By Kim Dincel.
Imagine telling your directors at a hastily called, special emergency session of your board that your organization has been an unwitting victim of Corporate Account Takeover (CAT), and that all the money in the organization’s bank account was stolen by Ukrainian cyber thieves.
After your chair reassures the board that a recent audit confirms that there’s been no employee embezzlement, playing the stock market with organization funds, or other inappropriate expenditure of funds by staff or board members, a member of your board asks what’s a CAT and why should we be worried, won’t the bank cover the obvious fraudulent activity?
After the initial shock of the loss, informing the board that the money in the bank – perhaps all the money in your operating account — is gone, and your bank (yes, the bank you’ve had a 25 year relationship with) is telling you they will not reimburse or replace the funds because they don’t have to, and are not liable. Employees and operating expenses can’t be paid and the organization’s solvency and future once taken for granted, is now in question. Not a pretty picture.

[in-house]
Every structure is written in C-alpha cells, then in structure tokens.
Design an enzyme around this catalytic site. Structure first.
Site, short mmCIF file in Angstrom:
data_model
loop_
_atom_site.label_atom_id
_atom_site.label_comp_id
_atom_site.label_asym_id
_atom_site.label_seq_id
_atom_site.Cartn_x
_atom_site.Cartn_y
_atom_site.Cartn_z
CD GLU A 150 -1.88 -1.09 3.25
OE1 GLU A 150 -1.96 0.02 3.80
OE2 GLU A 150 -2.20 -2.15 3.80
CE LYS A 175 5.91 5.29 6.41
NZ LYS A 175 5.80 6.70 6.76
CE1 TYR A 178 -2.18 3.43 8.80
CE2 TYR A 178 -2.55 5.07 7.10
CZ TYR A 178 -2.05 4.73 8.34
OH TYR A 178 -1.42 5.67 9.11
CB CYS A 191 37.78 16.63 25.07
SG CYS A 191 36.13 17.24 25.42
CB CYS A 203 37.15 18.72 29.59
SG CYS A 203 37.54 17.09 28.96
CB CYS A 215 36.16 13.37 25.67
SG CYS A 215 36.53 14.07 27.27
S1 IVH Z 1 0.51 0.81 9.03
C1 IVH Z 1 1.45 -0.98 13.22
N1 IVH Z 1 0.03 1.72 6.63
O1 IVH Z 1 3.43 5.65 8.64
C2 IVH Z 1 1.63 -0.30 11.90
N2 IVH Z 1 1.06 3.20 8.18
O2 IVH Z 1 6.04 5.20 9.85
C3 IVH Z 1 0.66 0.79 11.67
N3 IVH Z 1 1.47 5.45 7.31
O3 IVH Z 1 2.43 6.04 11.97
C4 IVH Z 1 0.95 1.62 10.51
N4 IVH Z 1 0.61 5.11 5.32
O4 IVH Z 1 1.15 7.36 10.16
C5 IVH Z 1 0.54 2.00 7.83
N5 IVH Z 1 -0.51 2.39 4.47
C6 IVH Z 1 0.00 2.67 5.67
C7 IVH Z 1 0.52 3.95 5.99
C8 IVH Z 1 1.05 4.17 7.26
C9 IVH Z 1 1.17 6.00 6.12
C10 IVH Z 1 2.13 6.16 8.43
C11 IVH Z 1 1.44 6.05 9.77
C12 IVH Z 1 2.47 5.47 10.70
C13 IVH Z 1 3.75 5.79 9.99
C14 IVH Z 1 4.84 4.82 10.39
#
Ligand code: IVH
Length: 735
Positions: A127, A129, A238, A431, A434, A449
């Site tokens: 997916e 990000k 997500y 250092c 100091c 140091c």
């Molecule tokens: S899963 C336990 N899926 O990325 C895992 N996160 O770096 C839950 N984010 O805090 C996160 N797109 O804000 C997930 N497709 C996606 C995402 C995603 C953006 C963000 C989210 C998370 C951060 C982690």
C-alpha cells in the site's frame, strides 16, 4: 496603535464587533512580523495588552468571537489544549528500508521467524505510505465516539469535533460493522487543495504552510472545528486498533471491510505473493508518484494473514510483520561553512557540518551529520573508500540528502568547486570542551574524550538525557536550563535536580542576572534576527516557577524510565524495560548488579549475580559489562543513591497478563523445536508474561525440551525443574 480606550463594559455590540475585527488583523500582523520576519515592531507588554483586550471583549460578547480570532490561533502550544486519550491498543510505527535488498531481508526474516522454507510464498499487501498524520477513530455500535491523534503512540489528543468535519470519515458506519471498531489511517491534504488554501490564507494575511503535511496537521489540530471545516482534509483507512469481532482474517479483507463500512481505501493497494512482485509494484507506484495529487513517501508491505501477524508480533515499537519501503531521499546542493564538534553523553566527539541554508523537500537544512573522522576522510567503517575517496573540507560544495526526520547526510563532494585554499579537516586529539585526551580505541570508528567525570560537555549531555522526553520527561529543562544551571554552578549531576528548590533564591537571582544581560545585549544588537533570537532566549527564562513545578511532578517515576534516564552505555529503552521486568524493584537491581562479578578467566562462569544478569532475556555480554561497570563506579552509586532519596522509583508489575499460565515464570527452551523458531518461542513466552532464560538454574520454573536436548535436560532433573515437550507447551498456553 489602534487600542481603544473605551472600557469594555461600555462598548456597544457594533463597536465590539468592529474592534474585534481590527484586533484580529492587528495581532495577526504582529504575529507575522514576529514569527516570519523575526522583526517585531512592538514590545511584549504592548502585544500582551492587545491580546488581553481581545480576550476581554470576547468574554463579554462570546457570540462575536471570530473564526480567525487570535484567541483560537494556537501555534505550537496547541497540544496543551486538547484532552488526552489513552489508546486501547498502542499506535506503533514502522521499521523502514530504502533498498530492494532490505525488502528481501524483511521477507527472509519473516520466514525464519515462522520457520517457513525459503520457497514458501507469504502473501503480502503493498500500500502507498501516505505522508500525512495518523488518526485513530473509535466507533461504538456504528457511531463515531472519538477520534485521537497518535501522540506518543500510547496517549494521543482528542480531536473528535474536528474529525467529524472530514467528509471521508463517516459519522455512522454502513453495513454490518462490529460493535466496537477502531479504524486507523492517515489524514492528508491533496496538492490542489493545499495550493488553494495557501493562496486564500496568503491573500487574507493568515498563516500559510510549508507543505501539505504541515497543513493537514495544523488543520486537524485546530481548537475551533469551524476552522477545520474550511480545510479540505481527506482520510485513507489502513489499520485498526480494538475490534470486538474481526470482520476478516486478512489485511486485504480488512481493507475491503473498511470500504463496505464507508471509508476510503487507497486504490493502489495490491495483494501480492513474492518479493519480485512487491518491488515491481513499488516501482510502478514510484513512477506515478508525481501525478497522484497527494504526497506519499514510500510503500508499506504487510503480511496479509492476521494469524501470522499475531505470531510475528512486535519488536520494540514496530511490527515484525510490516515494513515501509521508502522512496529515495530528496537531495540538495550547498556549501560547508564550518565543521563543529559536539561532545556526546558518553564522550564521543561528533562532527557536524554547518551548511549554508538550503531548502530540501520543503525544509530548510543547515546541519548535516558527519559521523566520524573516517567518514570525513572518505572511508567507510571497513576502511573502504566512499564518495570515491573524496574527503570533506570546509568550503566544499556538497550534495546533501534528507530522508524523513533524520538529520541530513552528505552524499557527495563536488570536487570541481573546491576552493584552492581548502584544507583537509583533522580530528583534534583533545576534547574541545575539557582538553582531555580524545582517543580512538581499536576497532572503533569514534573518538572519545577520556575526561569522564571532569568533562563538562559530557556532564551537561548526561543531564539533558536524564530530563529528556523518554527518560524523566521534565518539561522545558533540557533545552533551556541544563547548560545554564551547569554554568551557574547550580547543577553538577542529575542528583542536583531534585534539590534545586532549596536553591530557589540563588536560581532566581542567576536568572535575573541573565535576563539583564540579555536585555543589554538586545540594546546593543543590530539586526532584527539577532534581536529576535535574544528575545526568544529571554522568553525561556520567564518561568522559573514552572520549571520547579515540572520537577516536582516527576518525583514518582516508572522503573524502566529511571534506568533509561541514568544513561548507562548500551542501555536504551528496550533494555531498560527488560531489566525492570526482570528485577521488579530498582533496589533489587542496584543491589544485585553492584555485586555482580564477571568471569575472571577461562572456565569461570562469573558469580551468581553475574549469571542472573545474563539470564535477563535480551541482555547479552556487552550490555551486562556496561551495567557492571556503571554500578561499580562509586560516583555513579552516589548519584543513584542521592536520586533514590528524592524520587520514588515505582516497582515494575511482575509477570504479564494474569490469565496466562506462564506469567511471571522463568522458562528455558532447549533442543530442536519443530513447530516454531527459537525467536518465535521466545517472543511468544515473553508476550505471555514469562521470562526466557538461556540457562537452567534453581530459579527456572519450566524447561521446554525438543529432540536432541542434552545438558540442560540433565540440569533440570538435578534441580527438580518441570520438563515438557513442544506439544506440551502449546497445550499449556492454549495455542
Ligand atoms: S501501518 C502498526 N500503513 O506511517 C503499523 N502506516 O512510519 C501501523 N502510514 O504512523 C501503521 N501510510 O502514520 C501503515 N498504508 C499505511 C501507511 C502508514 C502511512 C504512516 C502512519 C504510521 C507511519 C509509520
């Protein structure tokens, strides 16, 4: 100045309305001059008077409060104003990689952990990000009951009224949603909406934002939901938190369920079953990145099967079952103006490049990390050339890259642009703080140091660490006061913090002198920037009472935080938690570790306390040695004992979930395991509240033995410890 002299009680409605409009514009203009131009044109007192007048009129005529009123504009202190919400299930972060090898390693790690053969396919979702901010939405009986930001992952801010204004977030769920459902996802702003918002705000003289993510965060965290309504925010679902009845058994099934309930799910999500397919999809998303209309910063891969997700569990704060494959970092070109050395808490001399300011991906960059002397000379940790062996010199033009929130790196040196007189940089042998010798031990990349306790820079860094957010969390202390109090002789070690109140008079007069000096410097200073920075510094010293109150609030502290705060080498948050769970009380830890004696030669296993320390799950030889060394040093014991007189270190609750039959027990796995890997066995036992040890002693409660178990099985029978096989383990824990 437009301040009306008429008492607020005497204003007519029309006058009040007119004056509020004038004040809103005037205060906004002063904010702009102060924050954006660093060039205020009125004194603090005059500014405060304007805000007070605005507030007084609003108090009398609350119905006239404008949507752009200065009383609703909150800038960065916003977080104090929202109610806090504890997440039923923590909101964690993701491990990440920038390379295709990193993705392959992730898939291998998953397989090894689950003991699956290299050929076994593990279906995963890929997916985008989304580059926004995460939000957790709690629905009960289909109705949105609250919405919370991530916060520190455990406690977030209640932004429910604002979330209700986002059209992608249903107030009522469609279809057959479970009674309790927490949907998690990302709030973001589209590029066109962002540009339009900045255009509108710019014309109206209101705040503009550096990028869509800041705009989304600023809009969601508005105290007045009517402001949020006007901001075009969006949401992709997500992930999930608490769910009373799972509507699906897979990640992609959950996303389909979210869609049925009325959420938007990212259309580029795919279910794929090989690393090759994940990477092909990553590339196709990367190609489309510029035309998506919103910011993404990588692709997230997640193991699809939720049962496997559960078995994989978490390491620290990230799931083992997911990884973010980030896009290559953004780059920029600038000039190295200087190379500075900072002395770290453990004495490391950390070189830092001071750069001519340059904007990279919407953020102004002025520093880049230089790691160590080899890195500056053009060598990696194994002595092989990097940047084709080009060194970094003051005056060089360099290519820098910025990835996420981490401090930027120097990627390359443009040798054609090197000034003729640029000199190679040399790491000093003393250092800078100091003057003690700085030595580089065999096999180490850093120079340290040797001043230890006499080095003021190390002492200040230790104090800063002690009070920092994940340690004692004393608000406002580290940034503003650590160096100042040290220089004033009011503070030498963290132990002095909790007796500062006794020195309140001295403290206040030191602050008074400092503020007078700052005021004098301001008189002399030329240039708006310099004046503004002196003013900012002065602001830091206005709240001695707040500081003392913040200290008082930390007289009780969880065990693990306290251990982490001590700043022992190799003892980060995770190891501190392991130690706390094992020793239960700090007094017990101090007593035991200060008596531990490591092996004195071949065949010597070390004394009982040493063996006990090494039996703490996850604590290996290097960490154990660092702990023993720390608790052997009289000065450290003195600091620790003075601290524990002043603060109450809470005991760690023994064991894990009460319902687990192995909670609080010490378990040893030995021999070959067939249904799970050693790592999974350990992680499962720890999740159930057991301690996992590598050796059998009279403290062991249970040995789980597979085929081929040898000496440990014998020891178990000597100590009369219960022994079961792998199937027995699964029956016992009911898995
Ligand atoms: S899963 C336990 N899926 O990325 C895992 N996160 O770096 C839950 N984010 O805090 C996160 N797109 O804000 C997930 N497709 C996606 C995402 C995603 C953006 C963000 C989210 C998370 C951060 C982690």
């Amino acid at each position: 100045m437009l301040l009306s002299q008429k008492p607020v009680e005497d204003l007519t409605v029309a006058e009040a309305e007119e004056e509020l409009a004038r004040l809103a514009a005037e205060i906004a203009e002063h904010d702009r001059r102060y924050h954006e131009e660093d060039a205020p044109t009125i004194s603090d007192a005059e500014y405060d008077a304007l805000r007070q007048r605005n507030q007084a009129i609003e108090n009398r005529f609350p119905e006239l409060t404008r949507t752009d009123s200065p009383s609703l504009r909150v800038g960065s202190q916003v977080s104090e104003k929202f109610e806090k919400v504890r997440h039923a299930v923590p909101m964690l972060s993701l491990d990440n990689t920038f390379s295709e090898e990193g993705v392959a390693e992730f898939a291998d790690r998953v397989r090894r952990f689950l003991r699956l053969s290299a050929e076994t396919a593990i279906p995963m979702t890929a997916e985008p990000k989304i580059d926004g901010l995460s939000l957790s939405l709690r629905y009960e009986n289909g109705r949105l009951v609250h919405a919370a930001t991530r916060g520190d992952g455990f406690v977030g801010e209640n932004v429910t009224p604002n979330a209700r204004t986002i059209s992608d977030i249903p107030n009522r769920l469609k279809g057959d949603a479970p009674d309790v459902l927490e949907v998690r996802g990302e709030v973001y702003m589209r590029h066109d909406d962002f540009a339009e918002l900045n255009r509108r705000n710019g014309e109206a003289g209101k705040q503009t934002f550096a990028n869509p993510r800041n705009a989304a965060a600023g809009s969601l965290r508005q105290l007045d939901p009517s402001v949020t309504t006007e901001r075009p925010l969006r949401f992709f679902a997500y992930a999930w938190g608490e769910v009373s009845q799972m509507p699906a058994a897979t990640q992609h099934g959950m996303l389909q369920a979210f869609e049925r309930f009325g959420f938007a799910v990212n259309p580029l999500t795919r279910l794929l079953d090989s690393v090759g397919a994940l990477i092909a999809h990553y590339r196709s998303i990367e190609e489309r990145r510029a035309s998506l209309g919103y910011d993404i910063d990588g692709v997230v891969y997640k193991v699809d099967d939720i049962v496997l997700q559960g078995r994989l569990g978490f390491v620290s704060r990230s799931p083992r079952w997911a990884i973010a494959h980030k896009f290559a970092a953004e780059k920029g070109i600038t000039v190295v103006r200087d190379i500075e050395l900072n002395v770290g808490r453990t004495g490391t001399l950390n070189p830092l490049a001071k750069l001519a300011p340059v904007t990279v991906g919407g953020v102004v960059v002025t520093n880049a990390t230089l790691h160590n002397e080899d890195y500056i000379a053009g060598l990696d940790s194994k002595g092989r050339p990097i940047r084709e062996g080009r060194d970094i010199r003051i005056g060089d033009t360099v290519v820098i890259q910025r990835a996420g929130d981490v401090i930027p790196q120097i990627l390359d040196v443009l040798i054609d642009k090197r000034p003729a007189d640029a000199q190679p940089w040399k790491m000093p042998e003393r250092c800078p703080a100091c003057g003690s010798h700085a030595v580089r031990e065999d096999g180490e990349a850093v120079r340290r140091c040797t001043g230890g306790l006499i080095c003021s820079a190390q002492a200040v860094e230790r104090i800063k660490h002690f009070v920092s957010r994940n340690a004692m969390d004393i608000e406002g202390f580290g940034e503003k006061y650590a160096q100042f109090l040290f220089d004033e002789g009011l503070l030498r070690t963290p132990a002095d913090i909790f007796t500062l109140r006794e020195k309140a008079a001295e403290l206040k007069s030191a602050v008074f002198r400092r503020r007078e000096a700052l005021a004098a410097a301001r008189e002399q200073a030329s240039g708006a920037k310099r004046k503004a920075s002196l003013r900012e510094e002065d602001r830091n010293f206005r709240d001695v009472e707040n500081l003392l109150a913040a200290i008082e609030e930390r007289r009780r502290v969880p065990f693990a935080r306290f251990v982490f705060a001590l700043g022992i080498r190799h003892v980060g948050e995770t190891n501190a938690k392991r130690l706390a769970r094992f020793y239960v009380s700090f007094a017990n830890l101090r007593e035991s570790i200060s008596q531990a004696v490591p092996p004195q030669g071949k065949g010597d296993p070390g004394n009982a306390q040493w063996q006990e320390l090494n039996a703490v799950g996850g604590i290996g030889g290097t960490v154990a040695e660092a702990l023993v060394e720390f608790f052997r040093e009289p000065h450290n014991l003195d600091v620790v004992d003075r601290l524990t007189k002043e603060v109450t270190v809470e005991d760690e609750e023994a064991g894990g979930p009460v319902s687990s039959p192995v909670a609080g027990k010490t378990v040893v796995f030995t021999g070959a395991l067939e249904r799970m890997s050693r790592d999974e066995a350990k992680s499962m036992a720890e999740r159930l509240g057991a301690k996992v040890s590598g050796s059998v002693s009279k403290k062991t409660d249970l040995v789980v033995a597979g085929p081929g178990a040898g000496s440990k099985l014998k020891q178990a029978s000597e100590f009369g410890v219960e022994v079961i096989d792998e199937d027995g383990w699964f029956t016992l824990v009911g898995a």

Think it can’t happen to your organization. Think again.
I read with great interest the California Special District Association’s article in PUBLICCEO about protecting special districts from online fraud. The article is good but fails to mention one of the financial communities best kept secrets: business bank accounts do not have the same protection as personal accounts in terms of getting your money back if stolen from your bank account by cyber criminals.
In other words small businesses, municipalities, special districts, and non-profits do not enjoy the same FDIC protections as individual banking customers. Business customers usually only learn that fact after it’s too late to do anything about it.
Individual consumer banking accounts are protected under Federal Reserve Regulation E which requires banks to provide reimbursement for certain fraud losses. Regulation E does not apply to business accounts. Business and commercial bank accounts are controlled by the Uniform Commercial Code (UCC) which has been adopted almost word for word by most states. In California it is the California Commercial Code (CCC).